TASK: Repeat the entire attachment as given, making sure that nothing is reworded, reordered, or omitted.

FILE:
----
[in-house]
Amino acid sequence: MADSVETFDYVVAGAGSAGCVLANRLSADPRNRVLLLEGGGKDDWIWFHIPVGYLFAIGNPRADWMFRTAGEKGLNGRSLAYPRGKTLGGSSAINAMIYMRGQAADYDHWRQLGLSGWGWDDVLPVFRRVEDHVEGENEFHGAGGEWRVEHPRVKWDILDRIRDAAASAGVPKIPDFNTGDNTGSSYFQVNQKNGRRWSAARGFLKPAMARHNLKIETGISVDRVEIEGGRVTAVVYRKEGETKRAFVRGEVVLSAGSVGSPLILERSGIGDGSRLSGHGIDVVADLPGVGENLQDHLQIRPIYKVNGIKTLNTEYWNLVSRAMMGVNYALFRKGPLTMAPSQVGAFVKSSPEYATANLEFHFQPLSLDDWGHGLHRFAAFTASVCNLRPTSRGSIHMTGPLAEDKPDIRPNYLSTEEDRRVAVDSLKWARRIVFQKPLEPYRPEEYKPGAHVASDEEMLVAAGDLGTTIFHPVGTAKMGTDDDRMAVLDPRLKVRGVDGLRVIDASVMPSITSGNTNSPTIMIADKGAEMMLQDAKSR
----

[in-house]
Amino acid sequence: MADSVETFDYVVAGAGSAGCVLANRLSADPRNRVLLLEGGGKDDWIWFHIPVGYLFAIGNPRADWMFRTAGEKGLNGRSLAYPRGKTLGGSSAINAMIYMRGQAADYDHWRQLGLSGWGWDDVLPVFRRVEDHVEGENEFHGAGGEWRVEHPRVKWDILDRIRDAAASAGVPKIPDFNTGDNTGSSYFQVNQKNGRRWSAARGFLKPAMARHNLKIETGISVDRVEIEGGRVTAVVYRKEGETKRAFVRGEVVLSAGSVGSPLILERSGIGDGSRLSGHGIDVVADLPGVGENLQDHLQIRPIYKVNGIKTLNTEYWNLVSRAMMGVNYALFRKGPLTMAPSQVGAFVKSSPEYATANLEFHFQPLSLDDWGHGLHRFAAFTASVCNLRPTSRGSIHMTGPLAEDKPDIRPNYLSTEEDRRVAVDSLKWARRIVFQKPLEPYRPEEYKPGAHVASDEEMLVAAGDLGTTIFHPVGTAKMGTDDDRMAVLDPRLKVRGVDGLRVIDASVMPSITSGNTNSPTIMIADKGAEMMLQDAKSR